finally @east17? amd already has turbo technology, it's certainly not three years late with that.

"Moreover, AMD Phenom II X6 “Thuban” chips can boost clock-speeds of three cores by 500MHz when other three are inactive"

the big change seems to be that all cores can turbo at once; the system will regulate based off thermal or power loading. i'm not sure how intel's turbo tech is implemented.

the 12 core Opteron processors run between 1.9 and 2.2 GHz, the 8 cores topping out at 2.4 GHz. 500 extra MHz— 20%— is going to mean a lot. if you're running a webserver or db server, chances are all the heavyweight FP gear you're not using will give the processor plenty of thermal headroom to be able to stay in that turbo zone. good stuff amd.
0 0 [Posted by: rektide  | Date: 02/03/11 11:19:42 AM]

I know they have it but I don't know if they've implemented it in the Opteron line yet. I don't think Opteron has it.

The thing is that they should have had Turbo CORE technology since the 1ST DualCORE line of CPUs. Then MUCH MORE THAN NOW, the single threaded performance was VERY important.

Why wouldn't you NOT have it?!?! What's the reason!? Its really not that difficult. But its sooo important that it seems absurd to me that AMD didn't have it back then.

Sure INTEL was in a clear impossible situation then and they couldn't implement such a technology in the Pentium D line and they didn't bother with it once Core 2 line arrived because their architecture was clearly superior to what AMD had.

Why did AMD wait until they've launched 6 Core CPUs to implement such a tech ?
0 0 [Posted by: East17  | Date: 02/03/11 03:07:41 PM]
- collapse thread

Is easy to talk looking backwards. Did you have that idea when the first dual core cpu appeared?
0 0 [Posted by: Voodoo  | Date: 02/03/11 09:05:42 PM]
Actually I did and I've even posted it here. |Search for my comments.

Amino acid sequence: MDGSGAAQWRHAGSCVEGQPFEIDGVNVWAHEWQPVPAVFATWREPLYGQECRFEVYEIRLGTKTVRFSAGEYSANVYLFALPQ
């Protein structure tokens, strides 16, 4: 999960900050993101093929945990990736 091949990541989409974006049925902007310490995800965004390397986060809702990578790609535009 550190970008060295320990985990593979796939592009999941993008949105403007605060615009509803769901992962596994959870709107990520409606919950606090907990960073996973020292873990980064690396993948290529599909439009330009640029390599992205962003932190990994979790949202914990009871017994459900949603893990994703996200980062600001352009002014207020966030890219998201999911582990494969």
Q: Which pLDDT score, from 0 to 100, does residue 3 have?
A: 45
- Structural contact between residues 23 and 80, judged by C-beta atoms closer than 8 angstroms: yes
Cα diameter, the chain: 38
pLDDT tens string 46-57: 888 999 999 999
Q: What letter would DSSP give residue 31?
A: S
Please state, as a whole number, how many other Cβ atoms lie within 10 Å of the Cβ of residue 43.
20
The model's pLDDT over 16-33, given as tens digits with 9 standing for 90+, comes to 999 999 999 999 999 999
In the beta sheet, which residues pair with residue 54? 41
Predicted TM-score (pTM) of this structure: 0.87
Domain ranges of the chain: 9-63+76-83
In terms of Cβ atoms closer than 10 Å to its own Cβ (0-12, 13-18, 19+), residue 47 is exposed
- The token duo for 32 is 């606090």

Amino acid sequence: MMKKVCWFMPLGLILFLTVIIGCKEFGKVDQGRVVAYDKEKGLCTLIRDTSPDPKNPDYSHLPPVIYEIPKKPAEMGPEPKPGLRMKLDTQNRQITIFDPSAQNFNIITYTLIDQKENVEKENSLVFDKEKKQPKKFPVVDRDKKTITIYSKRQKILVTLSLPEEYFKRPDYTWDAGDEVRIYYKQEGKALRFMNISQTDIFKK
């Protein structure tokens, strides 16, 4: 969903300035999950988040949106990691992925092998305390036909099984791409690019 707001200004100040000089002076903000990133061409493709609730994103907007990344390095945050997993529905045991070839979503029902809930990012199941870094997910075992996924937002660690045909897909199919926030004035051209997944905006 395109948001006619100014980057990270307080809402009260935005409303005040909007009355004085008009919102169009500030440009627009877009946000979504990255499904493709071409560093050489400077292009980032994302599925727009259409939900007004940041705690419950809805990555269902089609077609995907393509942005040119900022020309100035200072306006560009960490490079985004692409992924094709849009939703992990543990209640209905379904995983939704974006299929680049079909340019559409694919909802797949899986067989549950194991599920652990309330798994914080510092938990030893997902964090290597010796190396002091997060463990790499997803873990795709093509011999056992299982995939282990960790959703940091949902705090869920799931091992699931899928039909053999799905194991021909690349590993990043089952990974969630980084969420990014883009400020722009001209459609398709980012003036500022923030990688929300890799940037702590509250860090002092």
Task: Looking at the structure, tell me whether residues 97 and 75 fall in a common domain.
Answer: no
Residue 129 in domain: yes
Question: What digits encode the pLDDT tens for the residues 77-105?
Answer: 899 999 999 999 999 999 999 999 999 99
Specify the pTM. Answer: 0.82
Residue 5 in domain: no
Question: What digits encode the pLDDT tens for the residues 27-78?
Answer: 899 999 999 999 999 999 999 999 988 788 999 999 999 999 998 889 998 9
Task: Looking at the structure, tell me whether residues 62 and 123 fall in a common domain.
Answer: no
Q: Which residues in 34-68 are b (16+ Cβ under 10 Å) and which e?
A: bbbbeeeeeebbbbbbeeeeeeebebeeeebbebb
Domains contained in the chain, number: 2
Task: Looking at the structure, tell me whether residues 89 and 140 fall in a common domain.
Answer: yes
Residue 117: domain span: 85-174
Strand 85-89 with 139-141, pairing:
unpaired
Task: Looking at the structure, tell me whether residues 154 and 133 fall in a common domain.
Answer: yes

I've been talking about the need for high frequency in |Single Threaded applications in various contexts may times.

Can't find ANY of my older posts even if I've been a member of the forums since 11 years ago.

I found some posts from 2 and a half years ago :
0 0 [Posted by: East17  | Date: 02/03/11 11:08:25 PM]

Sounds just like intels solution. I guess it takes about 6 months to copy an idea these days.
0 0 [Posted by: Davinchy  | Date: 02/04/11 06:36:17 PM]
- collapse thread

i guess you misted the part where is said 500mhz of turbo WHEN ALL CORES ARE ACTIVE.
and the part where it said MORE THEN 500MHz when less then all cores are active.

intel does neither of those. the current thuban 6core turbo mode was a cheap ripoff from intel turbomode. but this new one leaps right over intels current implementation and leaves it in the dust.
0 0 [Posted by: Countess  | Date: 02/08/11 05:18:06 AM]

The thing that this next gen AMD Turbo Core tech has over Intel Turbo Boost tech is boosting all 4 cores at the same time. Intel turbo Boost can't Turbo boost all 4 cores at the same time AMD next gen Turbo Core on the other hand can.
0 0 [Posted by: SteelCity1981  | Date: 02/05/11 12:28:32 AM]

So not need to OC CPU anymore with that technology.
0 0 [Posted by: Blackcode  | Date: 02/06/11 12:42:10 AM]

Is this another way to keep people from OCing like Intel is doing with Sandy?
0 0 [Posted by: LedHed  | Date: 02/06/11 07:52:51 AM]
- collapse thread

only a small percentage of people OC their CPU's while this technologie will provide benefits to all customers. so no thats not the aim of this technology.

and AMD is not intel. they wont make it needlessly hard, but this technology will add some more variables while overclocking most likely.
0 0 [Posted by: Countess  | Date: 02/08/11 05:24:47 AM]